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graphics processing units which are used for general purpose computation and are suited for linear and array operations. On the other hand parallel applications bring some drawbacks at different levels: manually programming threads and concurrent processes is a difficult task, as data dependency must be carefully handled, and poor programming styles may lead to performance degradation. Moreover in a parallel environment several problems are introduced, such as deadlock or starvation, in which execution cannot continue due to resource dependency conflicts. Subsequently there has been an increasingly research effort to circumvent the difficulties of parallel programming, trying to achieve the automatic parallelization from the compiler. However complete automatic parallelization is a very complex operation requiring computational power that has not yet been reached; for this reasons several other approaches have been proposed. A quite simple and somewhat effective technology is loop unrolling activated by proper compiler optimizations; instead of translating a loop into a sequence of operations followed by a jump, the cycle is transformed in a completely sequential program, preventing a lot of jumps and processor flushes. This is quite beneficial for pipelined processors that present a high overhead for jump operations, but there is an increased code size proportional to the dimension of the loop and there is still exponential complexity in unrolling very large cycles. A more effective way was introduced a few years ago in which the programmers could insert hints as compiler directives: in this way it is possible to define sections of code that can be safely parallelized, exploiting the full capabilities of multicore processors. The interaction level in this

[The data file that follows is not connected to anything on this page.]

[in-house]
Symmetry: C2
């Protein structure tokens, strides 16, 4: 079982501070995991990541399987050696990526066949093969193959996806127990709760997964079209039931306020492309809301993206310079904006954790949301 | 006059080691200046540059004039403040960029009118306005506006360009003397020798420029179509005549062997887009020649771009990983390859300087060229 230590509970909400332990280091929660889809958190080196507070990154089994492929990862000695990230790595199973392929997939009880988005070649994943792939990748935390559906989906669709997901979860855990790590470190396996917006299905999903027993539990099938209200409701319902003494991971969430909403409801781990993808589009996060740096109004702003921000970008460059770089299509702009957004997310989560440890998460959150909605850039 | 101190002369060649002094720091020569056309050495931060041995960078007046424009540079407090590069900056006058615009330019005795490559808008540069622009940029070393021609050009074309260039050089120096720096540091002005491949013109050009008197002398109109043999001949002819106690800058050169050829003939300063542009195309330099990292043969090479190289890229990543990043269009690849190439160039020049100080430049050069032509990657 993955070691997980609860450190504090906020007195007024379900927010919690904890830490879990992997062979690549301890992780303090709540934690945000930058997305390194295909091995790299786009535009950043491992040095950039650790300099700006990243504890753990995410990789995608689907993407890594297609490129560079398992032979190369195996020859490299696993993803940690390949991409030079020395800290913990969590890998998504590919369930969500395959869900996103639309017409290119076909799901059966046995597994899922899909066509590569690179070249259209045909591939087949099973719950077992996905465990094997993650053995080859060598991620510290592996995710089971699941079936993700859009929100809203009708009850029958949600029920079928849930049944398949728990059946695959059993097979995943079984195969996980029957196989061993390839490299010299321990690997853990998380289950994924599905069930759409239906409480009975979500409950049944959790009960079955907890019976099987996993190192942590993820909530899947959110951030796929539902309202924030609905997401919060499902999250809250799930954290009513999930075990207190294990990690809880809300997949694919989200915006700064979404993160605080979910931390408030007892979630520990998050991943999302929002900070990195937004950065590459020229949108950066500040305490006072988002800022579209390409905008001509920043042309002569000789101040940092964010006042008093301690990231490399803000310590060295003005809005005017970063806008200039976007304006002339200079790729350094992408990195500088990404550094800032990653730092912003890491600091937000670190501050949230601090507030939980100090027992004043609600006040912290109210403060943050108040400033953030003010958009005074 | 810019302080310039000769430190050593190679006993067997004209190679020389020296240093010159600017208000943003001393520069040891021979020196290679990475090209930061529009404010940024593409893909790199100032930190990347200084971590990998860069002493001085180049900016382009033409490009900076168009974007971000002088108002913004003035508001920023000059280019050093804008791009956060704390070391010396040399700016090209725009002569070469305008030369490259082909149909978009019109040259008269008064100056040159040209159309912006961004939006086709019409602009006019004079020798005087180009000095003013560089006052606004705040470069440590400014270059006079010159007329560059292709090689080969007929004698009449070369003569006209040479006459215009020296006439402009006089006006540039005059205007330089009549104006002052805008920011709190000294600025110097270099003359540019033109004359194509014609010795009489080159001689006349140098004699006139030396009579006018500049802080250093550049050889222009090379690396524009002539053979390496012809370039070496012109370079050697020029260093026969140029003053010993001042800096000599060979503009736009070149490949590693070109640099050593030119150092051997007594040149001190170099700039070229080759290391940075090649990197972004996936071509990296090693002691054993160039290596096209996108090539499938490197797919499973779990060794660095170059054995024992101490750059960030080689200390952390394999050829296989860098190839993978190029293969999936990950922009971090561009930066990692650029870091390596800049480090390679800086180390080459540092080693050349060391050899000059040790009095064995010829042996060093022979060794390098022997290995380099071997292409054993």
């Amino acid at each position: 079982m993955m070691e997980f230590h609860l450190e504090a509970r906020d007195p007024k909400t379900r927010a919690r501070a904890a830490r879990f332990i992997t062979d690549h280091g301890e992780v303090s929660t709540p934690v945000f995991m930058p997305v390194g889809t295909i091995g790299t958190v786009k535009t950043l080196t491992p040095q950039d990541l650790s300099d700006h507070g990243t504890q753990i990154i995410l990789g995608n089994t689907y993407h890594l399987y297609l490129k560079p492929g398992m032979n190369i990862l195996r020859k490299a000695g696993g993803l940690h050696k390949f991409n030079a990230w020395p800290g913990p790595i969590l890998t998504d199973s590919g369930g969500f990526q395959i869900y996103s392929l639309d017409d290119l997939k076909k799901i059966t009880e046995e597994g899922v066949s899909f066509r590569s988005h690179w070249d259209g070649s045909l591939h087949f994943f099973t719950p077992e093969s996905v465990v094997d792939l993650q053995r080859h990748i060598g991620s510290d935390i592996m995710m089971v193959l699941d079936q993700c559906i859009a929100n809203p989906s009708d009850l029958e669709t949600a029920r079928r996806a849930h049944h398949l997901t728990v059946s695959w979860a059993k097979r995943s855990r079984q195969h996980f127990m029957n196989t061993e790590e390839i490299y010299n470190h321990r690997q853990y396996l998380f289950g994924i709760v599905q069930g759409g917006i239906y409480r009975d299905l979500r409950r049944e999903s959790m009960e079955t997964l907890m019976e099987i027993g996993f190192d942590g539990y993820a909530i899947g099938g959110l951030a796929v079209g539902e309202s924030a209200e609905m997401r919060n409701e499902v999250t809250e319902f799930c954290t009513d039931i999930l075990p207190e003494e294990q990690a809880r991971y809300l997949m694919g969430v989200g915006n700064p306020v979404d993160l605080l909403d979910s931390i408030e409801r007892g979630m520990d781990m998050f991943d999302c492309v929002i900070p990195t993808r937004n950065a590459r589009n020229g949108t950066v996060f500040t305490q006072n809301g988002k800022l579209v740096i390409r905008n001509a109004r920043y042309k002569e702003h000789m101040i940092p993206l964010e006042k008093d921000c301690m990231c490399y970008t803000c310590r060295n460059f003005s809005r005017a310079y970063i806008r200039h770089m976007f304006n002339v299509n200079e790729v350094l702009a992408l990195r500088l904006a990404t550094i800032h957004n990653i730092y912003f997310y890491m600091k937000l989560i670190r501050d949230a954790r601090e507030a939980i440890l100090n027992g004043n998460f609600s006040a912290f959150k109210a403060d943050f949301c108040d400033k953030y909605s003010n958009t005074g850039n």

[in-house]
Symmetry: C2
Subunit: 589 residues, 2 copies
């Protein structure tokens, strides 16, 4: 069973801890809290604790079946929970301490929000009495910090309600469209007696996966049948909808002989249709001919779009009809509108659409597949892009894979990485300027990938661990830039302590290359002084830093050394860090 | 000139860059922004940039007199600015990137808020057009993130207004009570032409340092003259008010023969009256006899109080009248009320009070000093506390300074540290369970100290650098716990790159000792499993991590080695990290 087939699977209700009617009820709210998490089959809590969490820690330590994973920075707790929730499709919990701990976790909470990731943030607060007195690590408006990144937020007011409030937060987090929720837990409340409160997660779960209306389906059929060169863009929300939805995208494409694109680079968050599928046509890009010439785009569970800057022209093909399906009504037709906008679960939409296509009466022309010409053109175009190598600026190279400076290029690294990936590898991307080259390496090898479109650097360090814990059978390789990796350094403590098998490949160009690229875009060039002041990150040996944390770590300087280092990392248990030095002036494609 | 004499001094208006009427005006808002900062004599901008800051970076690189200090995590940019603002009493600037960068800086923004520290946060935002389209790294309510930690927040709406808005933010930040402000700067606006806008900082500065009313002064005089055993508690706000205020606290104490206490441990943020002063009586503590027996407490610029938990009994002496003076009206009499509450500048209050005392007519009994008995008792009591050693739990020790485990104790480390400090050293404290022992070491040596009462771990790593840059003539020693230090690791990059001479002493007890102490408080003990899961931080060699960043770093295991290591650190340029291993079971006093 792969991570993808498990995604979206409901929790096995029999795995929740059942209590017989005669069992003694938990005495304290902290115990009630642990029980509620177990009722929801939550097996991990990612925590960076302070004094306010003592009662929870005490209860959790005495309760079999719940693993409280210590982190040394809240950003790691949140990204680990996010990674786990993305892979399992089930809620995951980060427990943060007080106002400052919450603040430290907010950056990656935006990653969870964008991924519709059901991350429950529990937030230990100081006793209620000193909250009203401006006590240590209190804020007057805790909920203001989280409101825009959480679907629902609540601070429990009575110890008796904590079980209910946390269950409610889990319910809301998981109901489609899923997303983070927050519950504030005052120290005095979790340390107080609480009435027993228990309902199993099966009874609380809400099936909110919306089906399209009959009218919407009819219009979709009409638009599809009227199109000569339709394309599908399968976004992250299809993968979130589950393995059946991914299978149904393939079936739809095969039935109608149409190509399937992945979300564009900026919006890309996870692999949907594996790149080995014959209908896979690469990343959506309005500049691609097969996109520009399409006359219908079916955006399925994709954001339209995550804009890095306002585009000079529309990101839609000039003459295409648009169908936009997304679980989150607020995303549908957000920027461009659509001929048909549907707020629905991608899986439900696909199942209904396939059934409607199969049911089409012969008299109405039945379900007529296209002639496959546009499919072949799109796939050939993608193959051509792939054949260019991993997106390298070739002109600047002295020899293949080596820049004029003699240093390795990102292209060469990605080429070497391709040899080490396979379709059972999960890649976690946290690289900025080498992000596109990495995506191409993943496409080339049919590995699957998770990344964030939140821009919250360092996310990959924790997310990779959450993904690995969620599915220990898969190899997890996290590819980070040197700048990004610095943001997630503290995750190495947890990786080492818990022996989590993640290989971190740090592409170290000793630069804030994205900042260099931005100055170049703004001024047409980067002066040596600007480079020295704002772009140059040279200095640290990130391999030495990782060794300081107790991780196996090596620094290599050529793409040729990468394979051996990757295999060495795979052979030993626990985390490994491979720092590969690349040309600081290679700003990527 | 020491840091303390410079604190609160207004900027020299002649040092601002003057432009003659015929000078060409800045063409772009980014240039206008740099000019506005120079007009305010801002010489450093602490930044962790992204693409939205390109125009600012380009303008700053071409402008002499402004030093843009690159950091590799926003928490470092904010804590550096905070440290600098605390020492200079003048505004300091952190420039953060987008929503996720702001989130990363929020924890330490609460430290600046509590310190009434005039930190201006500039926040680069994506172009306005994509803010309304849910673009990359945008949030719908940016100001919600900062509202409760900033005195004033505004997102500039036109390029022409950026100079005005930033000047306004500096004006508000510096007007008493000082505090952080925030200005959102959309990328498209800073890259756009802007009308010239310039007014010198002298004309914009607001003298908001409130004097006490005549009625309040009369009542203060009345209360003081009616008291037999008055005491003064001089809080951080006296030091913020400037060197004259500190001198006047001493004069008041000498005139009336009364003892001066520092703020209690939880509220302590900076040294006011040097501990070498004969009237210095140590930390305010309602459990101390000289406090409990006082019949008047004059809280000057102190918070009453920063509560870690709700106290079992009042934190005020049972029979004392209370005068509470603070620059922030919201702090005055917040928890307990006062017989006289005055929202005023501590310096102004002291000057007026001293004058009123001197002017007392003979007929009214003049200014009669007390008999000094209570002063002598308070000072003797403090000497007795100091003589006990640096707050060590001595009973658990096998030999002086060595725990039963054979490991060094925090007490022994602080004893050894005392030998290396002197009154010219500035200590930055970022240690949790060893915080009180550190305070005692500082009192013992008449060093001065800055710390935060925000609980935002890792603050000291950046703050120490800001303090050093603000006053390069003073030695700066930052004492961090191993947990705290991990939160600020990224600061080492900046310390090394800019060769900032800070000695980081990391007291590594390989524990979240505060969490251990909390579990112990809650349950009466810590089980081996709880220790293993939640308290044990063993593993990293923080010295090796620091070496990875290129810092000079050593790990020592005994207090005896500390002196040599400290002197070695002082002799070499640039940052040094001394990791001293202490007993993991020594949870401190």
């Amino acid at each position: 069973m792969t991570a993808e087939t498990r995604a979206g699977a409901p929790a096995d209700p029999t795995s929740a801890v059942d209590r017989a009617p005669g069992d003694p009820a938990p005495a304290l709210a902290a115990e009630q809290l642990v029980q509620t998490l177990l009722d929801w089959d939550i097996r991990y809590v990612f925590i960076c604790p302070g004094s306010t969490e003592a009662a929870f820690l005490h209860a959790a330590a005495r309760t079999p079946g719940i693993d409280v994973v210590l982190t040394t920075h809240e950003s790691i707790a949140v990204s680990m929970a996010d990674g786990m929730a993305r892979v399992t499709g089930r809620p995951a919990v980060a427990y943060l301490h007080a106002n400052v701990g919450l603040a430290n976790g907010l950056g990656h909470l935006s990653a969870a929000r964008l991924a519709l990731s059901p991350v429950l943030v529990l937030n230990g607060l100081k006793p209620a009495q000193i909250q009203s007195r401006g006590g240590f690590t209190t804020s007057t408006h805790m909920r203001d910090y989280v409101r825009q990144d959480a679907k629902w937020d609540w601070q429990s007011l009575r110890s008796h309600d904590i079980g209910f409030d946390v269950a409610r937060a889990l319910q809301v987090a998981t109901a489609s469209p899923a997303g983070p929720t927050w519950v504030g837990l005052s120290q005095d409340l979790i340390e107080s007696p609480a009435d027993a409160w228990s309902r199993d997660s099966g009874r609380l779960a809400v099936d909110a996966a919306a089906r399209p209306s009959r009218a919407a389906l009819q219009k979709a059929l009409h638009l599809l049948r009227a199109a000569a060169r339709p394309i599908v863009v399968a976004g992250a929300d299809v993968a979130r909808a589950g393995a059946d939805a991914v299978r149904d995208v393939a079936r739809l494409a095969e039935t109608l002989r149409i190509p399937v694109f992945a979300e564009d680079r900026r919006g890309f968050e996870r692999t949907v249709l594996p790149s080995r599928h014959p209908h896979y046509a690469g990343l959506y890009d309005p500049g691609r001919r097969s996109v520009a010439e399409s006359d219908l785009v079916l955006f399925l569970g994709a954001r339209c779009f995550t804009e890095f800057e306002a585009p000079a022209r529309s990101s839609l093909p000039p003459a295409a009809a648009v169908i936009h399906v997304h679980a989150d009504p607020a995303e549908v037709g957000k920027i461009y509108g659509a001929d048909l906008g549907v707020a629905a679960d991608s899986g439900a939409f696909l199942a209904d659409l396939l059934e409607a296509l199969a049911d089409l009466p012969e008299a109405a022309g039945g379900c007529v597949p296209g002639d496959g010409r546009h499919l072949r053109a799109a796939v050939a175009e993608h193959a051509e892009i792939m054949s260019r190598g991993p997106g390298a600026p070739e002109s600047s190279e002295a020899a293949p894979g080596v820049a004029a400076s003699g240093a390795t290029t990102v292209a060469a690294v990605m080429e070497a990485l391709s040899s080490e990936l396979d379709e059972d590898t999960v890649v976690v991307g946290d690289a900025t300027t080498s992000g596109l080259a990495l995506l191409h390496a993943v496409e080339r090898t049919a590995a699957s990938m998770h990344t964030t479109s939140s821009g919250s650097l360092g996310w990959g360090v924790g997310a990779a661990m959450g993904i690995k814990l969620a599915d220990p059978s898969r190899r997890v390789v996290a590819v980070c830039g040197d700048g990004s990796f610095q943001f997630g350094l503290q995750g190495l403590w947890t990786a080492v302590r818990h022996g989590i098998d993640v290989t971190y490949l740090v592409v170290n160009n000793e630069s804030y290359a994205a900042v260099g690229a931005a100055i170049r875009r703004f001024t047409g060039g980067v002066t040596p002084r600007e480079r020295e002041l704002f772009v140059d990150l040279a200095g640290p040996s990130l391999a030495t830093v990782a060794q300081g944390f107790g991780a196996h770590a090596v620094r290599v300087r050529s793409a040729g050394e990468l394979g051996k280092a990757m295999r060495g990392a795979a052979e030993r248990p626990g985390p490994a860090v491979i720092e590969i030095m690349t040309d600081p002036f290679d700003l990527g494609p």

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methodology is more advanced with respect to loop unrolling as it requires deeper knowledge of the program and of dependency between variables; however even limited insertion of compiler directives has a major effect on parallelization and program throughput. The next figure (Figure 1) shows different parallelization methodology and in-depth level approach; as it may seem obvious, full parallelization is fully achieved when it is set up as a goal during a program design, but it is possible to adapt the project during development at different stages, each requiring an action of different difficulty.

Figure 1. Approach levels for parallelization

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1.2